Home' A Plus Magazine : November 2013 Contents 12 November 2013
Putin hopes bilateral trade
can exceed US$100 billion
Russia hopes proposed large scale joint ven-
tures with China such as oil and gas, a devel-
opment bank and space exploration projects
will help boost bilateral trade by 15 percent
next year, President Vladimir Putin said last
month. The Russian leader, addressing the
APEC Summit in Bali, said trade is poised to
leap from the current US$87.5 billion to at
least US$100 billion.
Beijing agrees to shorten
list of trade exemptions
The Chinese government has agreed to negoti-
ate on trade tariffs affecting information tech-
nology products, it was reported last month.
Beijing had previously said that it wanted
more than 100 items exempted from a list of
260 products that the World Trade Organiza-
tion had said should be tariff-free.
Poverty alleviation funds
to be strengthened: report
The State Council, China’s cabinet, vowed
last month to strengthen management and
governance of poverty-relief funds. The funds
have existed as a safety net for the poor and
have helped poverty reduction in the country.
However, recent audits have found irregulari-
ties such as falsified eligibility information and
weak supervision, Xinhua reported, quoting
the minutes of a State Council meeting.
New loans extended by
four biggest banks rise
China’s four largest state-owned banks extend-
ed 276 billion yuan of new loans in September,
official media reported last month. The sum
marks the third-largest monthly amount issued
so far this year by the banks, Shanghai Securi-
ties News reported.
Casino mogul signs deal
to aim movies at Mainland
Australian casino owner James Packer has
signed a deal to invest more than A$475 mil-
lion to produce 75 films with Warner Brothers
designed for Chinese audiences, Sydney me-
dia reported last month.
A Chinese company has asked regulators in the United States to reinstate its
securities registration, which was revoked last year after an accounting fraud
In an appeal hearing before the U.S. Securities and Exchange Commission, a
lawyer for Shanghai-based China-Biotics, which manufactures probiotics, urged
the panel to reverse a February 2012 decision by an SEC administrative law
judge that upheld a 2011 enforcement action.
“China-Biotics has retained a new auditor, has filed all of its missing reports,
and is now fully up to date in its filings,” Jerome Fortinsky, a partner with the
Shearman & Sterling law firm in New York, was quoted as saying by Reuters.
However, Paul Gillis, professor of accounting practice at Peking Univer-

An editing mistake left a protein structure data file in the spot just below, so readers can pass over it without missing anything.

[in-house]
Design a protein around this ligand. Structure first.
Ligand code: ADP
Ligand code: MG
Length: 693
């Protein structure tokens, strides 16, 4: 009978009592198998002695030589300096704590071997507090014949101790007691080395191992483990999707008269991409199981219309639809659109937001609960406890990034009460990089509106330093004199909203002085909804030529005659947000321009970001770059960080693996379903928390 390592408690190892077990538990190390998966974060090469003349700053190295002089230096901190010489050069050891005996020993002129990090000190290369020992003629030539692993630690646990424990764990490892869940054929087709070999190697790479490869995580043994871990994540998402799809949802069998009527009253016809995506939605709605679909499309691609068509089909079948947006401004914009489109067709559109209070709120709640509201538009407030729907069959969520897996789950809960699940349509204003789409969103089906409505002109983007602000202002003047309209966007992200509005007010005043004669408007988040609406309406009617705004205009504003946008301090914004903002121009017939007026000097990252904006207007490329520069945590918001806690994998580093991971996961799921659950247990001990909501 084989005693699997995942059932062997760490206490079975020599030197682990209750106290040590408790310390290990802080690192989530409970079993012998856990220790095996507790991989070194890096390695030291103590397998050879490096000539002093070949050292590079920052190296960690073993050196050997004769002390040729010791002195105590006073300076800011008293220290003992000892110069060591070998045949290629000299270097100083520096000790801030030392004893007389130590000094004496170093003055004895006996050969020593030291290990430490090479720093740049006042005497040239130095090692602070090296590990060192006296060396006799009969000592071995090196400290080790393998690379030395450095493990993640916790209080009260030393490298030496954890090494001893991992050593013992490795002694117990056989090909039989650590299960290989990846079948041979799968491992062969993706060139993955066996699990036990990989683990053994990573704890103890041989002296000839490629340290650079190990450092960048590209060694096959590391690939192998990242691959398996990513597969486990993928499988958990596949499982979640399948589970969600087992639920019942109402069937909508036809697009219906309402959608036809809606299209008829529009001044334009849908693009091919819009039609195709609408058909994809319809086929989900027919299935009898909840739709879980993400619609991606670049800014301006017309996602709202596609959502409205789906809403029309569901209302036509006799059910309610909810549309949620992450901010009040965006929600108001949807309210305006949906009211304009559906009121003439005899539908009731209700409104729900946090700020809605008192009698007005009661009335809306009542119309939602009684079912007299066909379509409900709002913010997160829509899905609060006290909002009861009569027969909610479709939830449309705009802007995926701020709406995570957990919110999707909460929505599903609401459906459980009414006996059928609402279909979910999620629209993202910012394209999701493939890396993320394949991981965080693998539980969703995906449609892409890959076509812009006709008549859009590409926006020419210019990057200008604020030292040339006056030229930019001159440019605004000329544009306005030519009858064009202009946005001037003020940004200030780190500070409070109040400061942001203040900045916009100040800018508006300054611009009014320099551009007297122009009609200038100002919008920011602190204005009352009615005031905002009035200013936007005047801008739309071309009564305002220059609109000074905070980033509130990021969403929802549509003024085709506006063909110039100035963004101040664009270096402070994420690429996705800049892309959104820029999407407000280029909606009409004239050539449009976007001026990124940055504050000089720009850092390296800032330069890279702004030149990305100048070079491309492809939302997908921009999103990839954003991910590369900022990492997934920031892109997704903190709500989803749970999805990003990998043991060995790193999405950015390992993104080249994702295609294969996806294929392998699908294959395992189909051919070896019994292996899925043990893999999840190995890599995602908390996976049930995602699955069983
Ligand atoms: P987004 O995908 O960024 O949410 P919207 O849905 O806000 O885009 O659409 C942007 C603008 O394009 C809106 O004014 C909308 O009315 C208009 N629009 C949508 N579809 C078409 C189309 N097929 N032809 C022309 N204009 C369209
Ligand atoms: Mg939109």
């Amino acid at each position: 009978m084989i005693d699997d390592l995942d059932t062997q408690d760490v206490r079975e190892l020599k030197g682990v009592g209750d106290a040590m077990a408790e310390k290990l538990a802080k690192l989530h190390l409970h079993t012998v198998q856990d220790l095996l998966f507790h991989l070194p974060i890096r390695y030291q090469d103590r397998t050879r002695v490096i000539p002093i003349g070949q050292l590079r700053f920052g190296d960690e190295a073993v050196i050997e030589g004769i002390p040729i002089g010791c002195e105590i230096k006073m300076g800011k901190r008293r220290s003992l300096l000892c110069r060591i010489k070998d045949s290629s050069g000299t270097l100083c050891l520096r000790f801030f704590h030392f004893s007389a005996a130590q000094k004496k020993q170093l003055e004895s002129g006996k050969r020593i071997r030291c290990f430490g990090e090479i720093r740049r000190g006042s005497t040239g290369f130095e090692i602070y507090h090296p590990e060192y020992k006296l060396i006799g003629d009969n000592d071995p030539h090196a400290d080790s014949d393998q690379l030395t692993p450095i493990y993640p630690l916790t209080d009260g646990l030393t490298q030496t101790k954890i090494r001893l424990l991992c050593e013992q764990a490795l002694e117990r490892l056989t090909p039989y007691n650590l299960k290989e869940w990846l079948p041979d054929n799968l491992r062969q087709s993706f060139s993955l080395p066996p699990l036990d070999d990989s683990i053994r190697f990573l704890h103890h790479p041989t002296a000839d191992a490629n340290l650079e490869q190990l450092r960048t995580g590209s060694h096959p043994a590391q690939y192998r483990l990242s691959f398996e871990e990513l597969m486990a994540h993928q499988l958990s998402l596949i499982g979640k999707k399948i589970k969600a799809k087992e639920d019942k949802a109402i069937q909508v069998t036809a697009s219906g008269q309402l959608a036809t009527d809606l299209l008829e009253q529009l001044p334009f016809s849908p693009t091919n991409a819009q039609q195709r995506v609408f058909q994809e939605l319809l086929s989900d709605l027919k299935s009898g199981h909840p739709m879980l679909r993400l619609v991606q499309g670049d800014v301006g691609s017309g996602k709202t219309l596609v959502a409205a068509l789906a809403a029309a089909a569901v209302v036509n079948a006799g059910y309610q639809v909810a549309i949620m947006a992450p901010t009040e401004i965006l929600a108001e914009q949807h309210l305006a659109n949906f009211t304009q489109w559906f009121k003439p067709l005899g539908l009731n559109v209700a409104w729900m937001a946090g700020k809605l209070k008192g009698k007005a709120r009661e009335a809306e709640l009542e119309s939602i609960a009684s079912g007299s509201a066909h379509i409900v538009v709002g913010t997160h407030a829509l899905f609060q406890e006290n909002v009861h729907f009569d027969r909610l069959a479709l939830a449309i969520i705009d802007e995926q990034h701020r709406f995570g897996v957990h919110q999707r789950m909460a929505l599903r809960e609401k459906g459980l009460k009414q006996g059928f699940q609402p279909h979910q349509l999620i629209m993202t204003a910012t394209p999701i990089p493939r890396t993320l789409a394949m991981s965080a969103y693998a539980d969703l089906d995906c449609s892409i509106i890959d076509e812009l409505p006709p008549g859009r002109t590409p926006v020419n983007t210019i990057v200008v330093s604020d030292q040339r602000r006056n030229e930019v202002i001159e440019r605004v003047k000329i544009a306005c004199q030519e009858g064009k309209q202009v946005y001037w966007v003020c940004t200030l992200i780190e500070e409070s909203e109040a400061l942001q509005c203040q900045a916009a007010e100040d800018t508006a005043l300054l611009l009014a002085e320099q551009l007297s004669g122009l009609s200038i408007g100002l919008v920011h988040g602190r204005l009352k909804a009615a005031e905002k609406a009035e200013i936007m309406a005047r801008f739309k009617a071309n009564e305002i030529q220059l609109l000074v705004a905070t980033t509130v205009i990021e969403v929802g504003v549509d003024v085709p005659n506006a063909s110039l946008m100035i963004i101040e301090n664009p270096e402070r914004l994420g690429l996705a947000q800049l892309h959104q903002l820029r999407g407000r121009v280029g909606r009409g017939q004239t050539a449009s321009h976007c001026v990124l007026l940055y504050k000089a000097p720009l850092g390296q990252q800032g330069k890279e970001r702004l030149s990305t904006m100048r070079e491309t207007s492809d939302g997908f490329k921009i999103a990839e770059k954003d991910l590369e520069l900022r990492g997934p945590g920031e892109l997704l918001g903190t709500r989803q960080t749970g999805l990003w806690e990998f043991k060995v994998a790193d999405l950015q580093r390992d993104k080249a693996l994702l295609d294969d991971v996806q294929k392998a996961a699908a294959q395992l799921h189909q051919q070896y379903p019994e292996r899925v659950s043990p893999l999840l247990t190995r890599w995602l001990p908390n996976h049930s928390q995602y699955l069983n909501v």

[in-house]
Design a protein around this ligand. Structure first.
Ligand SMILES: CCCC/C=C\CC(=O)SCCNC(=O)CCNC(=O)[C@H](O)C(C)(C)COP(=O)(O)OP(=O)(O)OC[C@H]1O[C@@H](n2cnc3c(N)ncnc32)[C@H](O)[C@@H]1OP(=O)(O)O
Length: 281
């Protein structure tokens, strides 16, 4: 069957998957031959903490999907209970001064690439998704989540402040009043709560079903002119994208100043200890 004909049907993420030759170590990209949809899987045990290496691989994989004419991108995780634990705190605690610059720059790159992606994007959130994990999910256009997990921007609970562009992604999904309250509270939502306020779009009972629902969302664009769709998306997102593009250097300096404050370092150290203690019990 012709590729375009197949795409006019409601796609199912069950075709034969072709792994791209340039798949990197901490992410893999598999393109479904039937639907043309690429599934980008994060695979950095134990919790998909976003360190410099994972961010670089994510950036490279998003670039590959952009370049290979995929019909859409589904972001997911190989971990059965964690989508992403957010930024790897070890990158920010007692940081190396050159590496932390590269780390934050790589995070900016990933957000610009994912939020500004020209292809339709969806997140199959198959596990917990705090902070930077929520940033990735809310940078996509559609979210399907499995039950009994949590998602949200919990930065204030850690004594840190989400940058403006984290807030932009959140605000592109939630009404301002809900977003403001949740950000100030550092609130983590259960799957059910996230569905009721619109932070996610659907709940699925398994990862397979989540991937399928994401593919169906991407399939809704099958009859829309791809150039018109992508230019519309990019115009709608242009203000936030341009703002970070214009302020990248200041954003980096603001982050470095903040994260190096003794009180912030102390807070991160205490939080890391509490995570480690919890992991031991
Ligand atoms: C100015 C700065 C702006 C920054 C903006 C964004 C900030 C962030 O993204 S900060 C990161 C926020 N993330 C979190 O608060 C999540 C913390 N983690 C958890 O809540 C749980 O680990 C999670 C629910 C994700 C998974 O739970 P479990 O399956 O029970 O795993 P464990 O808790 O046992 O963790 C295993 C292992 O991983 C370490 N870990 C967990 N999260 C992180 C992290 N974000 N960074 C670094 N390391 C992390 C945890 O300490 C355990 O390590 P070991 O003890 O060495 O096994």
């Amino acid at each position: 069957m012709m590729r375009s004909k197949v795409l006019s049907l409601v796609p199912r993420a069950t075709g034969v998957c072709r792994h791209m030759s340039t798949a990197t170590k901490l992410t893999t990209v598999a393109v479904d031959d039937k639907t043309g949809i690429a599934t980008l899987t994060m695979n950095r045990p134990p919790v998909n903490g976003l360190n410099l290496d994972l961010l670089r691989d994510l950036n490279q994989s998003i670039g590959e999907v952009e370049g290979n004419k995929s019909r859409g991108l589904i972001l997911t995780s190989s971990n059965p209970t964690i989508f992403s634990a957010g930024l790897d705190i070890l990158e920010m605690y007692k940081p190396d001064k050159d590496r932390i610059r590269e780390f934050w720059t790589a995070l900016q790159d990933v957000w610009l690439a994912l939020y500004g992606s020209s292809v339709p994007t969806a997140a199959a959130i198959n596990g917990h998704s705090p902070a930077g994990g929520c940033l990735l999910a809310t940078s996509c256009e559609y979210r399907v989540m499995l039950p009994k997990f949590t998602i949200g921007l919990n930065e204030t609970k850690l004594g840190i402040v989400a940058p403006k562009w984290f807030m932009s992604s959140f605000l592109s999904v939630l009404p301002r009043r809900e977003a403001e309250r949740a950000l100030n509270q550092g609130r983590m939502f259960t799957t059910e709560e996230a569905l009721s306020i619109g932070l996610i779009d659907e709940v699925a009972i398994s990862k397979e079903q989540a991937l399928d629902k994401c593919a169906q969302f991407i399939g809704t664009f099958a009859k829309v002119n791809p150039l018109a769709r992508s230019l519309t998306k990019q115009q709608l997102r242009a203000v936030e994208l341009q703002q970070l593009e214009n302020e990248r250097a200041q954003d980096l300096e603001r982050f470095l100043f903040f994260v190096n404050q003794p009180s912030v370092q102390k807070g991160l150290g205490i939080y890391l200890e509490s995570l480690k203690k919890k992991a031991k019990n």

sity’s Guanghua School of Management, wrote on his accounting blog that the
company should not be allowed to relist and described the company as one of the
“poster children for accounting frauds in China” and its behaviour as “audacious.”
In 2011, BDO resigned as auditor of China-Biotics after allegations of ac-
counting fraud that included a complaint that the company had directed the
audit firm to a fake website in a bid to confirm fictitious bank balances.
Deregistered Chinese company
asks U.S. regulator to let it relist
Financial secretary backs
debate on listing changes
Alibaba prompts call for governance discussions
John Tsang, Hong Kong’s financial secretary, has backed calls for consultations
on changing the stock exchange’s listing rules after a Chinese electronic com-
merce company abandoned its proposed initial public offering.
Alibaba considered listing in New York rather than Hong Kong after the stock
exchange refused to allow an ownership structure that would have permitted
Jack Ma, the company ’s founder, and other top executives to nominate a majority
of board directors.
Tsang said the Securities and Futures Commission and the exchange should
canvass market participants about changing the rules. “It would be a good thing
to hear from everyone, what their views are, because this has been a subject of
discussion,” Tsang told the Financial Times.
Both the New York Stock Exchange and rival Nasdaq said they would approve
Alibaba’s proposed structure. However, Jonathan Lu, Alibaba’s chief executive,
told the South China Morning Post that the company had postponed its plans to list.
Charles Li, the chief executive of Hong Kong Exchanges and Clearing, said he
wanted a debate over alternative governance structures such as those the Alibaba
executives sought, saying that technology companies constituted a special case.
“By the time they consider a public listing, the founders’ shareholding may
have been diluted from rounds and rounds of financing,” Li wrote on his blog on
24 October. “ Therefore, they have a legitimate fear of being removed from the
board at the whim of a short-term activist outside investor.”
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